There are certain transactions that require cash (both licit and illicit), however, and if you insist on having cash, I’d recommend using an ATM (or bankomat as the Czechs refer to ‘em). Just about every Metro station has at least one ATM (many have one at or close to each exit), and there are at least ten I can think within 1km of the Old Town Square. Usually, the fee your bank charges for using a non-friendly ATM is going to be lower than what you’d pay to the change booths or to the banks.
One other ATM tip (aside from not pulling out more than you really need in a day) is that if you’re not careful, you’ll get 2000 crown notes. These are generally unloved in most stores and restaurants (at least the four-fingered-one-eyed putyky I frequent). So try pulling out 1600 CZK or some other variation.
2. See this:
3. Spend an entire day exploring the city by myself.
4. Have a spot that's "mine."
5. Sleep outside.
6. PDA in another country (since I REFUSE here)?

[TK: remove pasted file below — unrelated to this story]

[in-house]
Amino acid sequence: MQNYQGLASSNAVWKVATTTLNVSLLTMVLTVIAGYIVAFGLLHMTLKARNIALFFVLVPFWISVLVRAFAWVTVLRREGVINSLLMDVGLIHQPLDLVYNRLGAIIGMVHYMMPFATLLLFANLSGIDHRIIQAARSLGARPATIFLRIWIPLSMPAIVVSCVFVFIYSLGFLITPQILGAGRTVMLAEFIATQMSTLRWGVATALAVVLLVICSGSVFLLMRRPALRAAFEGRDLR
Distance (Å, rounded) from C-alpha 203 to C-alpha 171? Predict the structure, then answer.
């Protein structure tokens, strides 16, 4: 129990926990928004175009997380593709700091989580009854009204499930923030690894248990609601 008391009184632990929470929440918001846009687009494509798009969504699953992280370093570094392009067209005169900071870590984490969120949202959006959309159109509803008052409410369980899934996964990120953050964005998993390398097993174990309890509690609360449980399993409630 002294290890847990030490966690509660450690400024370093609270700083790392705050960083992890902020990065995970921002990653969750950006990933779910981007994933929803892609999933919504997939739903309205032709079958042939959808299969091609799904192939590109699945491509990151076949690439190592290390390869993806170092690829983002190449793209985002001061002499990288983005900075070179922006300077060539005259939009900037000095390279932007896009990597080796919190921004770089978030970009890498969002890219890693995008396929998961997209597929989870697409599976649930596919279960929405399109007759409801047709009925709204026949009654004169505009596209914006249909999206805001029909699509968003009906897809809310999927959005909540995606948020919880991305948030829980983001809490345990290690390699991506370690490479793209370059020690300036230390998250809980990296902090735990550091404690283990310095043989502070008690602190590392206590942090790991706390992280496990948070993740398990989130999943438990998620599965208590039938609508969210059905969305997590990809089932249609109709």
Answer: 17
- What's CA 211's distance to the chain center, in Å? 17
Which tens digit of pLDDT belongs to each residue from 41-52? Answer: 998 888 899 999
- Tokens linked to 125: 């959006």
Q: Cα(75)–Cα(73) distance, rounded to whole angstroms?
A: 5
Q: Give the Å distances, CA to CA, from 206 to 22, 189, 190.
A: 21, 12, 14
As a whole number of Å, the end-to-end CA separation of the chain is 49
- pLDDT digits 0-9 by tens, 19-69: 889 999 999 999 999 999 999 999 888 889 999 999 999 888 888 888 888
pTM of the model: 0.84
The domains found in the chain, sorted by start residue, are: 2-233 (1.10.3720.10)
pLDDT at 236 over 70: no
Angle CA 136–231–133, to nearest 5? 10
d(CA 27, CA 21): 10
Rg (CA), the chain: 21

I'll add more as they come to me!
Anyway, I know that my semester in Prague is three months away, but as I am waiting for my summer job to start I've been trying to do some research ahead of time. I think that I will compile some tips and tidbits that I am picking up from friends, books, and blogs that I stumble upon.
Today most of the tips are going to come from a blog I just discovered and really enjoy. Written by Douglas, an expatriate in Prague, http://www.arellanes.com/wordpress/ has a great deal of tips that I want to display here so that they are easily accessible to me.
I'll start with transportation. Living in a quiet suburb my first experience with public transportation did not come until my freshman year of college. (I know, pathetic, especially for someone who claims to be environmentally conscious.) Anyway, I am happy to know that besides the language barrier (and the pickpockets), the public transportation system will be relatively easy. Unlike my friends I had no problem with the public transportation in London or Paris, so I'm not really worried.
According to Douglas:
A ticket on public transport costs 12 CZK (something around 40 cents US), and is good for 60 minutes with unlimited transfers in that time. So you can go from tram to bus to metro to bus if you need to, as long as your time doesn’t run out. You can also buy day passes or longer-term passes if you need them. Monthly, quarterly and yearly passes require you to stand in line and speak a bit of Czech, but mean that you don’t have to worry about one of the two drawbacks to Prague public transport. (The first is pickpockets, but they’re in every city.)